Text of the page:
books. Cosmos : A Sketch of a Physical Description of The more popular subject which Mr. Mitchell hit the Universe. By ALEXANDER VON HUMBOLDT. in his last most successful work, “ The Reveries," Translated from the German by E. C. OTTE. suddenly awakened the public to the existence of Vol. III. Harper & Brothers.

a rare genius that they had neglected, and now

these new editions of former works are demanded. In a mere notice we can only announce the fact Nor will they, we venture to say, disappoint the of the appearance of this third volume of the great appreciative. work of Humboldt. We shall endeavor to recur to it more particularly in an extended review. It will undoubtedly be referred to hereafter as one of Land and Lee in the Bosphorus and Ægean ; or the enduring works of this age, a prominent land

Views of Athens and Constantinople. By Rev. mark in its progress.

WALTER COLTON, late of the United States
Navy. Edited, from the Notes and

Manuscripts

of the Author, by Rev. HENRY T. CHEEVER. The Heir of Wast-Wayland: A Tale. By MARY

New York: A. S. Barnes & Co., 51 John street Howitt. New-York: D. Appleton & Co. Another delightful volume by the author of This is one of those charming stories of Mrs.

* Ship and Shore." It is full of the peculiar Howitt that it is only necessary to announce, so grace, wit, and spirit that characterize all the well known are the purposes of all her works, and writings of the lamented chaplain. We know of 80 admirable her method of executing them.

no more joyous and pleasant companion into the regions he describes, and we shall contribute to the

enjoyment of all whom our notice may attract to History of Cleopatra, Queen af Egypt. By Jacob their collection for their summer vacation.

the book should they conclude to put it among ABBOTT. With Engravings. New-York: Harper & Brothers.

This is another of the series of admirable his- Para; or Scenes and Adventures on the Banks of torico-biographical books, to which we have so

the Amazon. By John Esaias WARREN. Newoften called the attention of our readers. Our

York: G. P. Putnam, 155 Broadway. admiration for the manner in which Mr. Abbott The style of this book is too ambitious and

66

ences.

florid; obscuring by too great a verbiage rather | The Book of Oratory: A new collection of extracts than increasing to the mind of the reader the in Prose, Poetry, and Dialogve, containing vividness of the scenes described. Amid scenes selections from distinguished American and of such natural grandeur apd such luxuriance of English Orators, Divines, and Poets ; of which tropical verdure, it is to be sure hardly possible many are spesimens of the Eloquence of Statesto restrain the pen within the limits of strict men of the present day. For the use of Colletaste; and it may therefore be that our readers ges, Academies and Schools. By EDWARD C. will not agree with our criticism. The intrinsic MARSHALL, M.A., late Instructor in the Military interest of the subject of the volume is so great School at West Point, in Geneva College, and in that we can safely commend it.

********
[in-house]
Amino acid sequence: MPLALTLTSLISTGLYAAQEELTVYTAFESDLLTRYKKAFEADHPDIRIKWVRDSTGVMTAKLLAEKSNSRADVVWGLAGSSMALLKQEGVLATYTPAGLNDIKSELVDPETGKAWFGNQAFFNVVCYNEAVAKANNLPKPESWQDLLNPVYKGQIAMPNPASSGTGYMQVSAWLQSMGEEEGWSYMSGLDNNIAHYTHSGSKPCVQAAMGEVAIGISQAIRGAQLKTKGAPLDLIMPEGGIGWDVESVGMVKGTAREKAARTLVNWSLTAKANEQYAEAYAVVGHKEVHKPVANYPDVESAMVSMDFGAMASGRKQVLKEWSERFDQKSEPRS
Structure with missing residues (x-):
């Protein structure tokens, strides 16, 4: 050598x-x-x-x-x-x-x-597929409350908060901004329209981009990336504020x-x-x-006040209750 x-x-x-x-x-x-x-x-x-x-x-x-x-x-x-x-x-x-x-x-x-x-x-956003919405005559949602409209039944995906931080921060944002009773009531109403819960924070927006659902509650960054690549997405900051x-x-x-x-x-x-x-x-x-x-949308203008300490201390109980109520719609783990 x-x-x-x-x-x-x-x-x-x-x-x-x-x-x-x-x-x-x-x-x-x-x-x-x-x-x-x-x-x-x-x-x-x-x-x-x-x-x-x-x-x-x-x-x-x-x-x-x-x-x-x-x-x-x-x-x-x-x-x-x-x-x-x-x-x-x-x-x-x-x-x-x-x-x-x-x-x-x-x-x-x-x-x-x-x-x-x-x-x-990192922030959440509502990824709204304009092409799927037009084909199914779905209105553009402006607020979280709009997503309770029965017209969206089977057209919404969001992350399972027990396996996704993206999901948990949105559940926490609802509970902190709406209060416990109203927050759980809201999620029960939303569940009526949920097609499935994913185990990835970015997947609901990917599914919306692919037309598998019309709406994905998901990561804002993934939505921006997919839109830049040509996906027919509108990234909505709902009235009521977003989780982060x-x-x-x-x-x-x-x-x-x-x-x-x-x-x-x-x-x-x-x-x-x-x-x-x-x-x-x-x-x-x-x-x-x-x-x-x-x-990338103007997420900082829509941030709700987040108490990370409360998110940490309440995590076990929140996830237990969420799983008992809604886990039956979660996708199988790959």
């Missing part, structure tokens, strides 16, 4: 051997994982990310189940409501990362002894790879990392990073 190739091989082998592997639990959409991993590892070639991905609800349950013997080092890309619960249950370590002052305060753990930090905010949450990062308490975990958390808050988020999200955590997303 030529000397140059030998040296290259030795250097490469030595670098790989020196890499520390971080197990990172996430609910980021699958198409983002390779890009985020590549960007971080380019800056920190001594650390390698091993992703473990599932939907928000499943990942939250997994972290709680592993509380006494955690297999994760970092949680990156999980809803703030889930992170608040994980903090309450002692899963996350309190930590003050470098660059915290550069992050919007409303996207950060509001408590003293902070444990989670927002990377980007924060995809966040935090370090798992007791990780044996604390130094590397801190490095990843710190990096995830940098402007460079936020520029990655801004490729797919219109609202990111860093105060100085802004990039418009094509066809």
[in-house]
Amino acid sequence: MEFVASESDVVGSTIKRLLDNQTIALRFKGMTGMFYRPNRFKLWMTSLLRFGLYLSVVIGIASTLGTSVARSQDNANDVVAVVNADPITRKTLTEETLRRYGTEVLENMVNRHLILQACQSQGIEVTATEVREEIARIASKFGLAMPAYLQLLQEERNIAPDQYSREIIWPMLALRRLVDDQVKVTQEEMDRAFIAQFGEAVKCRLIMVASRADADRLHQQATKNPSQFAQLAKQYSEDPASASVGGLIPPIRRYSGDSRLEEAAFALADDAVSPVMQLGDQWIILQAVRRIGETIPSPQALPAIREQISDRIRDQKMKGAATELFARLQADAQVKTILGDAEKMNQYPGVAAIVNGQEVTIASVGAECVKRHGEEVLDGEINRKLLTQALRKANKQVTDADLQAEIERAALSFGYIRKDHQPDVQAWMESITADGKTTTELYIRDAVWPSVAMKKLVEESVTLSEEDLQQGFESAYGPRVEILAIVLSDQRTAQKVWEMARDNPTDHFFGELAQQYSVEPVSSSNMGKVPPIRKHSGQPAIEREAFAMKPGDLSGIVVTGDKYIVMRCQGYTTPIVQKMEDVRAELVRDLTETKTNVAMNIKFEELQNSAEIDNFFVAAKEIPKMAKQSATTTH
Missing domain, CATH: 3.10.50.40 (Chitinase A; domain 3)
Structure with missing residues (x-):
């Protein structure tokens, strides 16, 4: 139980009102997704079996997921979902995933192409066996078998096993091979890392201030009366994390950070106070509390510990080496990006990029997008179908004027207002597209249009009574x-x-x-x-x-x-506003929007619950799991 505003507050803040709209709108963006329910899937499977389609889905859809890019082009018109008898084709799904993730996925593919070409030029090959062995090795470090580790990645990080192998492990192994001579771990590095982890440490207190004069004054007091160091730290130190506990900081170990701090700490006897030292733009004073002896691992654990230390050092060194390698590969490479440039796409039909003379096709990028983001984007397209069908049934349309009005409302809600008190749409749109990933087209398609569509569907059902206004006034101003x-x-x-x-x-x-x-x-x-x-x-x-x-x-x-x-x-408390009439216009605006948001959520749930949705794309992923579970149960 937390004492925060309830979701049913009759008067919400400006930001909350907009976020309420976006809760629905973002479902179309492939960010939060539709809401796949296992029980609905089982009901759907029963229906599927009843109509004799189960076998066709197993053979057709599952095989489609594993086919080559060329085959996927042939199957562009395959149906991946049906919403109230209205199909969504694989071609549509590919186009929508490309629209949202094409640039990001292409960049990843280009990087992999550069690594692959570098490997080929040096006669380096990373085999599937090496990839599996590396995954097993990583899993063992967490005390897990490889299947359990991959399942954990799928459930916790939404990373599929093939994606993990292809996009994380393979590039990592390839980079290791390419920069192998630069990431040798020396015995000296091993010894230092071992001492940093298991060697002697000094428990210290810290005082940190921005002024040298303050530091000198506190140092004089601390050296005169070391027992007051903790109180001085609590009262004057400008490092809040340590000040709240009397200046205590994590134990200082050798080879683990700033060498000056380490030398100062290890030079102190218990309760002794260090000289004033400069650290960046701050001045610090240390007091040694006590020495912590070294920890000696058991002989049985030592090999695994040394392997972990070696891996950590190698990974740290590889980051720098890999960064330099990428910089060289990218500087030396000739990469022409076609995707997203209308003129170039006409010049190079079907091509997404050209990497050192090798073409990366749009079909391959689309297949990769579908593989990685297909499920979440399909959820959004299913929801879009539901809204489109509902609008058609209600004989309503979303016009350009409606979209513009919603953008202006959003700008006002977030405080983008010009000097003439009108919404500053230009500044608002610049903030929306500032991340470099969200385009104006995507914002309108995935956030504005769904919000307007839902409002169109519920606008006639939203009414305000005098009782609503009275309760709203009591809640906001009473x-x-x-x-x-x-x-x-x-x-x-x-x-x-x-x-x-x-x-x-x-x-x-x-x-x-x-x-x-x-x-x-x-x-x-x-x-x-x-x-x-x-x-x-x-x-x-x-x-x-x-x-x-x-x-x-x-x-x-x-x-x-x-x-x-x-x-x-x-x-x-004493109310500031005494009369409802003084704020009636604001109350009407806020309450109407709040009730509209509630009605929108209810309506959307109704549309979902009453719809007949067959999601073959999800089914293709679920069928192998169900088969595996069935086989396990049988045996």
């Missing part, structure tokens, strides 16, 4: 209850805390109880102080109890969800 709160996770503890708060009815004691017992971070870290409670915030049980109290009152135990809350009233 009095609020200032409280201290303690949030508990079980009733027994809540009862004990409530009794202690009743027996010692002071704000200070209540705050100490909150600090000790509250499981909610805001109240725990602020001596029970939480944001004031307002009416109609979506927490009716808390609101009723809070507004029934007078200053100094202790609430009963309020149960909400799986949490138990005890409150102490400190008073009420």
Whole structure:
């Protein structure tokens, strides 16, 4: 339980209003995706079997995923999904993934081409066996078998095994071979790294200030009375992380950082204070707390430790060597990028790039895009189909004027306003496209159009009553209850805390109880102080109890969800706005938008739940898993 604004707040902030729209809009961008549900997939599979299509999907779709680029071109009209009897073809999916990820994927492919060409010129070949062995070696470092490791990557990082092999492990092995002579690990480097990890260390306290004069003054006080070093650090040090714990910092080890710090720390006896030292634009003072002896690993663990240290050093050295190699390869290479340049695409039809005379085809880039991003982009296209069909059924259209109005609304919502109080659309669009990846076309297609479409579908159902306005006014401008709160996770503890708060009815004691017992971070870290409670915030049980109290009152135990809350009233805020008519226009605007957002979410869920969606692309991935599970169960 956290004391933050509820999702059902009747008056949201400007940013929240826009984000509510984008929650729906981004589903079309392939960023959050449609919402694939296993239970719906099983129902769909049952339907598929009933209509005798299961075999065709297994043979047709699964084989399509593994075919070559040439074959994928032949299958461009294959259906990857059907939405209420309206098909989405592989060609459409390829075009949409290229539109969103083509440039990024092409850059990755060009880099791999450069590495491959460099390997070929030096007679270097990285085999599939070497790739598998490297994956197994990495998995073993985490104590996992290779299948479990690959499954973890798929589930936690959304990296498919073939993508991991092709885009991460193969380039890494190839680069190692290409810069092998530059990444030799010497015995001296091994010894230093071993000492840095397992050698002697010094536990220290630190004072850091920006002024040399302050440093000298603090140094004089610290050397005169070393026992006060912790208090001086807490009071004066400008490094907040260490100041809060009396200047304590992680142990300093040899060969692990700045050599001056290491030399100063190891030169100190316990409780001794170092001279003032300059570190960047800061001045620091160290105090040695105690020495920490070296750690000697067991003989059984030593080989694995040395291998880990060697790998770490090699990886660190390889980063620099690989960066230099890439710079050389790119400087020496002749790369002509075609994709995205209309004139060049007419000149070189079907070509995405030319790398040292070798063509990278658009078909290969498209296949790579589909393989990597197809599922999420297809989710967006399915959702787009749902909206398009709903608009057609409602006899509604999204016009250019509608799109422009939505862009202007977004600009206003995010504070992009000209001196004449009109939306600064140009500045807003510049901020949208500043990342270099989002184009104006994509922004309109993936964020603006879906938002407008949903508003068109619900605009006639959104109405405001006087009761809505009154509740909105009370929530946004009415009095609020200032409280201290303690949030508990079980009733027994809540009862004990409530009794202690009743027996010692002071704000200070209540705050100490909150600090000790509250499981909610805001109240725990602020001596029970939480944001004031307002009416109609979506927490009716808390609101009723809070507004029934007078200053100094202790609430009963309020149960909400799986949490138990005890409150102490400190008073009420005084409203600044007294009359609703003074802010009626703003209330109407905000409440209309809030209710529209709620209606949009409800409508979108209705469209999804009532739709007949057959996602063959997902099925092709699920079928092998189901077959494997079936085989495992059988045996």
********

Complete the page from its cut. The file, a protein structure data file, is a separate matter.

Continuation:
the New-York University. New-York: D. Ap

pleton & Co. The Religion of Geology and its connected Sci- only add, that the names of the compiler and

In giving the above title-page in full, we need By EDWARD HITCHCOCK, D.D., LL.D. publishers are a sufficient guarantee for the manPresident of Amherst College, and Professor of ner in which the work is executed. Natural Theology and Geology. Boston. Phillips, Sampson & Co. After the various works which have been pub Guide to the White Mountains and Lakes of Newlished of late upon the subject of Geology and

Hampshire. Concord, N. H.: Tripp & Osgood. kindred sciences, one was particularly required

New-York: C. H. Tripp, 262 Greenwich street. directly to the point aimed at in the above work.

An admirable pocket-guide to those favorite It required also that a professed theologian and a places of summer resort. profound naturalist, combined in the one individual, should undertake the task. As this work answers in all respects this desideratum, we may congratu- The American Cotton Spinner, and Manager's and late the public, both theological and lay, on its op

Carder's Guide. A Treatise on Cotton Spinning, portune appearance.

&c., &c.

The Moulder's and Founder's Pocket Guide, A Practical Mercantile Correspondence. A collection Treatise on Moulding and Founding, &c., &c.

of Modern Letters of Business, with Notes criti- Philadelphia: A. Hart & Co. cal and explanatory, an Analytical Index, and

These two volumes will be found of great value an Appendix, containing pro forma invoices, to all those engaged in the two extensive and imaccount sales, bills of lading, and bills of ex. change. Also, an cxplanation of the German portant branches of art to which they refer. They

are an evidence of the progress of artistic and scienchain rule, as applicable to the calculation of tific skill among us, notwithstanding its struggle exchanges. BY WILLIAM ANDERSON. New-York: with foreign competition. D. Appleton & Co., 200 Broadway.

It is only necessary for us to give the title of this A School Dictionary of the Latin Language. By book, as every one interested in the subject will perceive from it, that if properly executed, a great de

Dr. J. KALTSCHMIDT. Philadelphia: Blanchard

& Lea, sideratum has been supplied for the wants of the rising mercantile generation. And as to the merits This volume is one of the celebrated classical of the book itself, what they are may be infer series of Schmitz & Zumpt, so highly recommended from the fact that it has received the compliment of by the various professors and teachers throughout translation into several of the Europeap languages. the country.

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M. A. & S. ROOT'S

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The Messrs. Roor having yielded to the many urgent solicitations of their numerous friends to establish a branch of their

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FOR GENTLEMEN.—A black or figured vest; also figured scarf or cravat, so that the bosom be not too much exposed.

For CHILDREN.—Plaid, striped or figured dresses, lace work. Ringlets add much to the beauty of the picture. The best hour for Children is from 11 A. M. to 2 P. M. All others from 8 A, M. to 6 P. M.

Jan., '51, 121.